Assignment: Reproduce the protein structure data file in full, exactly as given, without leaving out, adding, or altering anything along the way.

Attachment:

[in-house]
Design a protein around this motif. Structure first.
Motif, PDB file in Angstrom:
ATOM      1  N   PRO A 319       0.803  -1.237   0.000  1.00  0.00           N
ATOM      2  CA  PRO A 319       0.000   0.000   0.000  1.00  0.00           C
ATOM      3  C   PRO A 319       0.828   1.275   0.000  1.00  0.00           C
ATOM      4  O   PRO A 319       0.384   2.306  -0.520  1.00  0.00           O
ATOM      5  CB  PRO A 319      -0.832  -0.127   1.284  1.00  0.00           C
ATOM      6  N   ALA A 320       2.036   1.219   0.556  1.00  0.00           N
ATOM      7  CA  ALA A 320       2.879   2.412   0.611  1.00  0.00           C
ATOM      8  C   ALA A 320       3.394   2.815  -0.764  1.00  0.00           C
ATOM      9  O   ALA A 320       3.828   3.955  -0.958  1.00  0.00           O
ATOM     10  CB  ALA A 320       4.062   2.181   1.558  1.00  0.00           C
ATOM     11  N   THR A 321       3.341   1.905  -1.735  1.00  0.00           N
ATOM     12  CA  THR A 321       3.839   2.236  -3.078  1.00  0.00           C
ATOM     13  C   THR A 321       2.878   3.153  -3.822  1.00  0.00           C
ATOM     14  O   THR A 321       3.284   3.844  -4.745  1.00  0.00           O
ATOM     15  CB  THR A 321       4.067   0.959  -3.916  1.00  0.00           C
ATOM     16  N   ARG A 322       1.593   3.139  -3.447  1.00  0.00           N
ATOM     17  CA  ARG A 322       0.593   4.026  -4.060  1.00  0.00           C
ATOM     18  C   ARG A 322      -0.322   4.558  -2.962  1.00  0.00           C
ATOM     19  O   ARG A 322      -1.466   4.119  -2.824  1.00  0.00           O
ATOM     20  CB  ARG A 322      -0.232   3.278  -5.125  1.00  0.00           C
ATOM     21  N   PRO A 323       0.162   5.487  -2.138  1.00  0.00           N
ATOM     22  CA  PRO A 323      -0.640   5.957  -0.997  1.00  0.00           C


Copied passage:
[in-house]
Design a protein around this motif. Structure first.
Motif, PDB file in Angstrom:
ATOM      1  N   PRO A 319       0.803  -1.237   0.000  1.00  0.00           N
ATOM      2  CA  PRO A 319       0.000   0.000   0.000  1.00  0.00           C
ATOM      3  C   PRO A 319       0.828   1.275   0.000  1.00  0.00           C
ATOM      4  O   PRO A 319       0.384   2.306  -0.520  1.00  0.00           O
ATOM      5  CB  PRO A 319      -0.832  -0.127   1.284  1.00  0.00           C
ATOM      6  N   ALA A 320       2.036   1.219   0.556  1.00  0.00           N
ATOM      7  CA  ALA A 320       2.879   2.412   0.611  1.00  0.00           C
ATOM      8  C   ALA A 320       3.394   2.815  -0.764  1.00  0.00           C
ATOM      9  O   ALA A 320       3.828   3.955  -0.958  1.00  0.00           O
ATOM     10  CB  ALA A 320       4.062   2.181   1.558  1.00  0.00           C
ATOM     11  N   THR A 321       3.341   1.905  -1.735  1.00  0.00           N
ATOM     12  CA  THR A 321       3.839   2.236  -3.078  1.00  0.00           C
ATOM     13  C   THR A 321       2.878   3.153  -3.822  1.00  0.00           C
ATOM     14  O   THR A 321       3.284   3.844  -4.745  1.00  0.00           O
ATOM     15  CB  THR A 321       4.067   0.959  -3.916  1.00  0.00           C
ATOM     16  N   ARG A 322       1.593   3.139  -3.447  1.00  0.00           N
ATOM     17  CA  ARG A 322       0.593   4.026  -4.060  1.00  0.00           C
ATOM     18  C   ARG A 322      -0.322   4.558  -2.962  1.00  0.00           C
ATOM     19  O   ARG A 322      -1.466   4.119  -2.824  1.00  0.00           O
ATOM     20  CB  ARG A 322      -0.232   3.278  -5.125  1.00  0.00           C
ATOM     21  N   PRO A 323       0.162   5.487  -2.138  1.00  0.00           N
ATOM     22  CA  PRO A 323      -0.640   5.957  -0.997  1.00  0.00           C